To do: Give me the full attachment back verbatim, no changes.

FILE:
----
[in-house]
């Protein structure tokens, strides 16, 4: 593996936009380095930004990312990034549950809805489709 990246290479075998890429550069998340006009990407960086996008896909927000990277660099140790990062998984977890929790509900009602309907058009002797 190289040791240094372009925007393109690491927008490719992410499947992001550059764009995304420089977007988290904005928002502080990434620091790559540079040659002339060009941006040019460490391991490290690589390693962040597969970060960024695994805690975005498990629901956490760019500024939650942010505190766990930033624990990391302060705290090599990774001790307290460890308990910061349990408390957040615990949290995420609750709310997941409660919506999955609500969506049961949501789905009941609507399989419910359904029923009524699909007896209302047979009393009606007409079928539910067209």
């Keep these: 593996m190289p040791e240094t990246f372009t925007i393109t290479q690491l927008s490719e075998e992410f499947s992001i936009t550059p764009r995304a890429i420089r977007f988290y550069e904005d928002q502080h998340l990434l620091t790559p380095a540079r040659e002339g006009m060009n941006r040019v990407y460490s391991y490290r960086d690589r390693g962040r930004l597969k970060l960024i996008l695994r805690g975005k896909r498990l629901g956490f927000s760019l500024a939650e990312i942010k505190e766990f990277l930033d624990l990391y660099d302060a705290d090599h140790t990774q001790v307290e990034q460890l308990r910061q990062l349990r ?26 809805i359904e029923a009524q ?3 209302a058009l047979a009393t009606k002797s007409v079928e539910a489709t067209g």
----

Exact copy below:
[in-house]
């Protein structure tokens, strides 16, 4: 593996936009380095930004990312990034549950809805489709 990246290479075998890429550069998340006009990407960086996008896909927000990277660099140790990062998984977890929790509900009602309907058009002797 190289040791240094372009925007393109690491927008490719992410499947992001550059764009995304420089977007988290904005928002502080990434620091790559540079040659002339060009941006040019460490391991490290690589390693962040597969970060960024695994805690975005498990629901956490760019500024939650942010505190766990930033624990990391302060705290090599990774001790307290460890308990910061349990408390957040615990949290995420609750709310997941409660919506999955609500969506049961949501789905009941609507399989419910359904029923009524699909007896209302047979009393009606007409079928539910067209």
């Keep these: 593996m190289p040791e240094t990246f372009t925007i393109t290479q690491l927008s490719e075998e992410f499947s992001i936009t550059p764009r995304a890429i420089r977007f988290y550069e904005d928002q502080h998340l990434l620091t790559p380095a540079r040659e002339g006009m060009n941006r040019v990407y460490s391991y490290r960086d690589r390693g962040r930004l597969k970060l960024i996008l695994r805690g975005k896909r498990l629901g956490f927000s760019l500024a939650e990312i942010k505190e766990f990277l930033d624990l990391y660099d302060a705290d090599h140790t990774q001790v307290e990034q460890l308990r910061q990062l349990r ?26 809805i359904e029923a009524q ?3 209302a058009l047979a009393t009606k002797s007409v079928e539910a489709t067209g």